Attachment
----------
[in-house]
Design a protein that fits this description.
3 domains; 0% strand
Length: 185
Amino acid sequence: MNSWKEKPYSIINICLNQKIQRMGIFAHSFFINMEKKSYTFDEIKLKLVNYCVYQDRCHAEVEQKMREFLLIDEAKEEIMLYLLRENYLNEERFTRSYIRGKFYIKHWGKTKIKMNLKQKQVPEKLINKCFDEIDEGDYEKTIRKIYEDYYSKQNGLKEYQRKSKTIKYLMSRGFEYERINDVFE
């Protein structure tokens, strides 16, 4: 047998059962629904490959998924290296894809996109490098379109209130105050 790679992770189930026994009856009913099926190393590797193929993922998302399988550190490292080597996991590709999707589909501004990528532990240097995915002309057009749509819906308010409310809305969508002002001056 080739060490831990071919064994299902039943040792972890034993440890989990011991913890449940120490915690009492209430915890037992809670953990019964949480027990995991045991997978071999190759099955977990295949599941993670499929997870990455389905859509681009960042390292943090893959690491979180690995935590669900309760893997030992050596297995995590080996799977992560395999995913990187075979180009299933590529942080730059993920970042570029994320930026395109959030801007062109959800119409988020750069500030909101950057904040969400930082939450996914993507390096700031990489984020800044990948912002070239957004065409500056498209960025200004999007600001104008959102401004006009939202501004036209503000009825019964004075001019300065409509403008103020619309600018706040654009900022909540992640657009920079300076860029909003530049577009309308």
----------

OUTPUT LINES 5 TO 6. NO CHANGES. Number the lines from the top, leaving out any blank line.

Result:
Amino acid sequence: MNSWKEKPYSIINICLNQKIQRMGIFAHSFFINMEKKSYTFDEIKLKLVNYCVYQDRCHAEVEQKMREFLLIDEAKEEIMLYLLRENYLNEERFTRSYIRGKFYIKHWGKTKIKMNLKQKQVPEKLINKCFDEIDEGDYEKTIRKIYEDYYSKQNGLKEYQRKSKTIKYLMSRGFEYERINDVFE
């Protein structure tokens, strides 16, 4: 047998059962629904490959998924290296894809996109490098379109209130105050 790679992770189930026994009856009913099926190393590797193929993922998302399988550190490292080597996991590709999707589909501004990528532990240097995915002309057009749509819906308010409310809305969508002002001056 080739060490831990071919064994299902039943040792972890034993440890989990011991913890449940120490915690009492209430915890037992809670953990019964949480027990995991045991997978071999190759099955977990295949599941993670499929997870990455389905859509681009960042390292943090893959690491979180690995935590669900309760893997030992050596297995995590080996799977992560395999995913990187075979180009299933590529942080730059993920970042570029994320930026395109959030801007062109959800119409988020750069500030909101950057904040969400930082939450996914993507390096700031990489984020800044990948912002070239957004065409500056498209960025200004999007600001104008959102401004006009939202501004036209503000009825019964004075001019300065409509403008103020619309600018706040654009900022909540992640657009920079300076860029909003530049577009309308």